Church Invites Members to Pray for Lives Affected by Suicide and Mental Illness

Contributed By Camille West, LDS.org Church News editor

  • 7 September 2018

The Church invites Latter-day Saints to join others across the United States in prayer this weekend for those whose lives have been affected by suicide or who are struggling with suicidal behavior and mental illness.

Article Highlights

  • Participate September 7–9 in the National Weekend of Prayer for Faith, Hope, and Life.

“Join your prayers with the many others participating this weekend in such a worthy cause. Together, we can help to provide hope, from the true source of all hope, to those who desperately need it.” —Elder LeGrand R. Curtis Jr. of the Seventy

The Church of Jesus Christ of Latter-day Saints invites its members to join others across the United States in prayer this weekend for those whose lives have been affected by suicide or who are struggling with suicidal behavior and mental illness.

September 7–9, 2018, is the National Weekend of Prayer for Faith, Hope, and Life sponsored by the National Action Alliance for Suicide Prevention, and September is National Suicide Prevention Awareness Month.

According to the World Health Organization, suicide is the second-leading cause of death among 15- to 29-year-olds globally, with more than 800,000 deaths due to suicide each year. That’s approximately one person every 40 seconds. Many more attempt suicide.

Elder LeGrand R. Curtis Jr. of the Seventy spoke at the Utah State Capitol Friday, September 7, to help promote the weekend of prayer and continue the Church’s participation in Utah Governor Gary R. Herbert’s Teen Suicide Prevention Task Force.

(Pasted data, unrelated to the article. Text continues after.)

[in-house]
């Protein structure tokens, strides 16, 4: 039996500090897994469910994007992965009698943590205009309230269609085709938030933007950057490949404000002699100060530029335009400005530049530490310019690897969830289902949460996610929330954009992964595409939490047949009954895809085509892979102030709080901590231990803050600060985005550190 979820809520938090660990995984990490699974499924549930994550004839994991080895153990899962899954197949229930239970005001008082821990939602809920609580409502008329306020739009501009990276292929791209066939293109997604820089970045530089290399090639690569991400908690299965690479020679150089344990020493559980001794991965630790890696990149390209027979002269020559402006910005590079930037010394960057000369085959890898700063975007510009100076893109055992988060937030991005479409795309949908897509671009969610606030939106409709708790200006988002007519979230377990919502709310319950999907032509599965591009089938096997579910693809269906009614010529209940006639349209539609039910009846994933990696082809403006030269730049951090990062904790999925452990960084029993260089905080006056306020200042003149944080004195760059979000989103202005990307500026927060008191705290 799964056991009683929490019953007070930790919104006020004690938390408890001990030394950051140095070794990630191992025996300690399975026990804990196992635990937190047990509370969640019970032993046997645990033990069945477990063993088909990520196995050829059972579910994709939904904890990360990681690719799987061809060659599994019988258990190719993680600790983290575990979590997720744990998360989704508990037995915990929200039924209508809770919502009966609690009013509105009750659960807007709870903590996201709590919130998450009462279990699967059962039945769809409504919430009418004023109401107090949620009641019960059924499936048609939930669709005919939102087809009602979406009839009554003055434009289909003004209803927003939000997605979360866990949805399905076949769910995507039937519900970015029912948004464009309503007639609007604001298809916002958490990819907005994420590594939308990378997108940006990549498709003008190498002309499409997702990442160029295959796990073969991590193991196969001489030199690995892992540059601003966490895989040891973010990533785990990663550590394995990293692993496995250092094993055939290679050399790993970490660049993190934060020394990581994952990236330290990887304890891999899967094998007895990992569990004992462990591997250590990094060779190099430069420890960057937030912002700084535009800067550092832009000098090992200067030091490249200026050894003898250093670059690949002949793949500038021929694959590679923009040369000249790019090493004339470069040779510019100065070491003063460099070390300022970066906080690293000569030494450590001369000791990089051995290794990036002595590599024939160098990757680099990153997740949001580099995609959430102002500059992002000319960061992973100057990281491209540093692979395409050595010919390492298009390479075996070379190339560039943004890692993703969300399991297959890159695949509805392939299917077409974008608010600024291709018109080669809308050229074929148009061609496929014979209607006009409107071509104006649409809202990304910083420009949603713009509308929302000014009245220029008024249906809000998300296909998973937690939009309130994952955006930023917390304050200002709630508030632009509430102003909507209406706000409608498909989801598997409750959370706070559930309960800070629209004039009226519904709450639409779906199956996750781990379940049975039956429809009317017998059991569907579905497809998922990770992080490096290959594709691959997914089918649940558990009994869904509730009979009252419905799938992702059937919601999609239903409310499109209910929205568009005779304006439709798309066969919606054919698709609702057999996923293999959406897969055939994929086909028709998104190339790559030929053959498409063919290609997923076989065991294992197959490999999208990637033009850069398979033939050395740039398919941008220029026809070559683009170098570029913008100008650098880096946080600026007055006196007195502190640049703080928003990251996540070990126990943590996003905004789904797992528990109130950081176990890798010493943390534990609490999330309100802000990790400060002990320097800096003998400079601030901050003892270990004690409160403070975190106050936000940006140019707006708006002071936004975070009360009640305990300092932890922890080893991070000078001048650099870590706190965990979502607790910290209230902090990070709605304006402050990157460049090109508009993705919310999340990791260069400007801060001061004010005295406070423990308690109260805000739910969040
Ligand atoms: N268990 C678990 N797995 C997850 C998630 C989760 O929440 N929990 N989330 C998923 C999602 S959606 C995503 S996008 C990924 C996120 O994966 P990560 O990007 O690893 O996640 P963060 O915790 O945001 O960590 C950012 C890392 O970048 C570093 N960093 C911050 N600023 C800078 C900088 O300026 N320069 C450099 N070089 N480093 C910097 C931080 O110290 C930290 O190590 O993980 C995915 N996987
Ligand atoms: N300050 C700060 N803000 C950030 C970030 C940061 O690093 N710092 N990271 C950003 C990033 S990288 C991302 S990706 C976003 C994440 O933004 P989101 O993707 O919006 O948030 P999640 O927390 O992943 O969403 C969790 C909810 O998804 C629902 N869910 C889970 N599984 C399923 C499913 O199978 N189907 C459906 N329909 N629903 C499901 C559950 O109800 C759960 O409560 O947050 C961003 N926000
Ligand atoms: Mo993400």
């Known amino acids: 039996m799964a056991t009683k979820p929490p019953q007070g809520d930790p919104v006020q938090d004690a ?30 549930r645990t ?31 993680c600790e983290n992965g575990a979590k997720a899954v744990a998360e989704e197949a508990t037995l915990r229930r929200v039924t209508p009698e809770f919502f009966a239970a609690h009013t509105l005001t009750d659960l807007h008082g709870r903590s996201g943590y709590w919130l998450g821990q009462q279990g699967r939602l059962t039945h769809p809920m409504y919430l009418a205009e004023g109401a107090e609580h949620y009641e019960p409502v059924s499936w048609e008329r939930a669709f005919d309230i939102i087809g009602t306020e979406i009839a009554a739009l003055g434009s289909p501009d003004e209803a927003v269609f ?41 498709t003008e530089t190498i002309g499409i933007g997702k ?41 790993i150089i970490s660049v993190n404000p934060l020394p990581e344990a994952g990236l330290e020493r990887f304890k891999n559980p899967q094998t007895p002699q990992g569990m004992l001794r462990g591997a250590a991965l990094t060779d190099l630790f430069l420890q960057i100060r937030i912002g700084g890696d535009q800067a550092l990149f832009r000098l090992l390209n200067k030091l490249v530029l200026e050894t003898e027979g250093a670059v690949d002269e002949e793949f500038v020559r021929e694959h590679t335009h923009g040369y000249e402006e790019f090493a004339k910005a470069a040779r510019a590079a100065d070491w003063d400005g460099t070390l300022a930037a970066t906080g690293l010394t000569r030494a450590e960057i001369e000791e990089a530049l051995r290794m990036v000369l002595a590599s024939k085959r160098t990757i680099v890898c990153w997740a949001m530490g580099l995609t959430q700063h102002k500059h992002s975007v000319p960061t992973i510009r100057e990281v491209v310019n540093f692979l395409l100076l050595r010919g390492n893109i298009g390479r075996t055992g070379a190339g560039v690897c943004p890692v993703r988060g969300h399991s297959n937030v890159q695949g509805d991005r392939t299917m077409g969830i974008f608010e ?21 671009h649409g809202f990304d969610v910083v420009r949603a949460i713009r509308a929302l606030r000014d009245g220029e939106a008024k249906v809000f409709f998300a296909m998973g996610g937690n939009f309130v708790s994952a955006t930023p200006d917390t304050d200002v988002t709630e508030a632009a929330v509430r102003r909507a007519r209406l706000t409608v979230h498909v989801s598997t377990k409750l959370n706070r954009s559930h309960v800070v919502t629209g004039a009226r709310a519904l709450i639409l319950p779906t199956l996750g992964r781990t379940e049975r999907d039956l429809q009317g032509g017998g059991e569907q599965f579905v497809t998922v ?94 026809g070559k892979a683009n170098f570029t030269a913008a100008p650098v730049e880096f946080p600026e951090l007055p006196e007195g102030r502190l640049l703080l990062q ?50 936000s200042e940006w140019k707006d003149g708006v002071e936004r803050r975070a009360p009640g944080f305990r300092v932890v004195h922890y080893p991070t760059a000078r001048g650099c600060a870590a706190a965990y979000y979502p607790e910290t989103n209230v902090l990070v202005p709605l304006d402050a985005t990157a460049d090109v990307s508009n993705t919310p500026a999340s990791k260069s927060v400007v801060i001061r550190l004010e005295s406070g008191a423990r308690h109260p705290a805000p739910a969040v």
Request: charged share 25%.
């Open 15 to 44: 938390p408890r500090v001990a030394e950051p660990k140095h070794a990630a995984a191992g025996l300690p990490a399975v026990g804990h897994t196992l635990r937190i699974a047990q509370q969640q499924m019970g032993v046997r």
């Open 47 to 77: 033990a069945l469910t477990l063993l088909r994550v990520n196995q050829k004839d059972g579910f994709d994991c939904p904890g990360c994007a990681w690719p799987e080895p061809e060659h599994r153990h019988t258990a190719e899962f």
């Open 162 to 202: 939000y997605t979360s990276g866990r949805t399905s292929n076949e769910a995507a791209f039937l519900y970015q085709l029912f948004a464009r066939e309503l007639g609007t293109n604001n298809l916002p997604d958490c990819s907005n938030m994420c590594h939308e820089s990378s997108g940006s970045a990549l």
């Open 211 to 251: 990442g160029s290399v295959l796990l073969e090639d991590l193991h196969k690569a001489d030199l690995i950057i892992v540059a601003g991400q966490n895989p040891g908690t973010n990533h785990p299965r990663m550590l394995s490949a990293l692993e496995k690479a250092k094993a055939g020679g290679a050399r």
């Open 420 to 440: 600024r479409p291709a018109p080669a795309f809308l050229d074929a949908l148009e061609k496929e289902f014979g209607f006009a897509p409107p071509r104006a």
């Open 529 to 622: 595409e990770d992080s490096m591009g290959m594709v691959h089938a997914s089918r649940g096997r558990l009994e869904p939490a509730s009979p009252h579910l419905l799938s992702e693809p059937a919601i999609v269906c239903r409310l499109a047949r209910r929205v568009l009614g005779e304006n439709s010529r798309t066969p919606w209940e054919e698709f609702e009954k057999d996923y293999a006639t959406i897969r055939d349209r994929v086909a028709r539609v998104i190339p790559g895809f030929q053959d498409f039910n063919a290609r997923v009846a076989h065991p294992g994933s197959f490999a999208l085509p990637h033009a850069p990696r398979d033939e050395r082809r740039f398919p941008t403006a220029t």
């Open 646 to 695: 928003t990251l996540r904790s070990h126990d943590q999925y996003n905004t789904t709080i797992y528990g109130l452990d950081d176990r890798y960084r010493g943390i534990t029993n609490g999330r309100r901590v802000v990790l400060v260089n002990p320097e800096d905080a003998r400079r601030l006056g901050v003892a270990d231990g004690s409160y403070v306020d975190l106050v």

Elder Curtis concluded his remarks by listing what he will be praying for this weekend. “My prayer is that we will all recognize things that we can do to help those around us who might be struggling and that we will have the courage to do those things,” he said. “I pray for those who feel marginalized and alone that they will know they are our brothers and sisters. I pray that they will feel loved, valued, and needed in their homes, their congregations, and their communities. I pray they will know of the genuine love and concern we have for them. Their struggle is our struggle.” (Read Elder Curtis’s full remarks.)

Other Church leaders have also addressed the topic of suicide recently.

In a September 2 Facebook post, Elder Ronald A. Rasband of the Quorum of the Twelve Apostles asked those suffering from feelings of self-harm, isolation, or hopelessness to seek help. “Ask for help from your Heavenly Father and the Savior, who understand you and your circumstances completely,” his post read. “Ask for help from family and friends who are keenly interested in your well-being. Ask for help from caring professionals who can use their training to help you. You are loved and needed, and there are many who are eager to assist in time of need.“

Elder LeGrand R. Curtis Jr. of the Seventy spoke at the Utah State Capitol Friday, September 7, to help promote the weekend of prayer.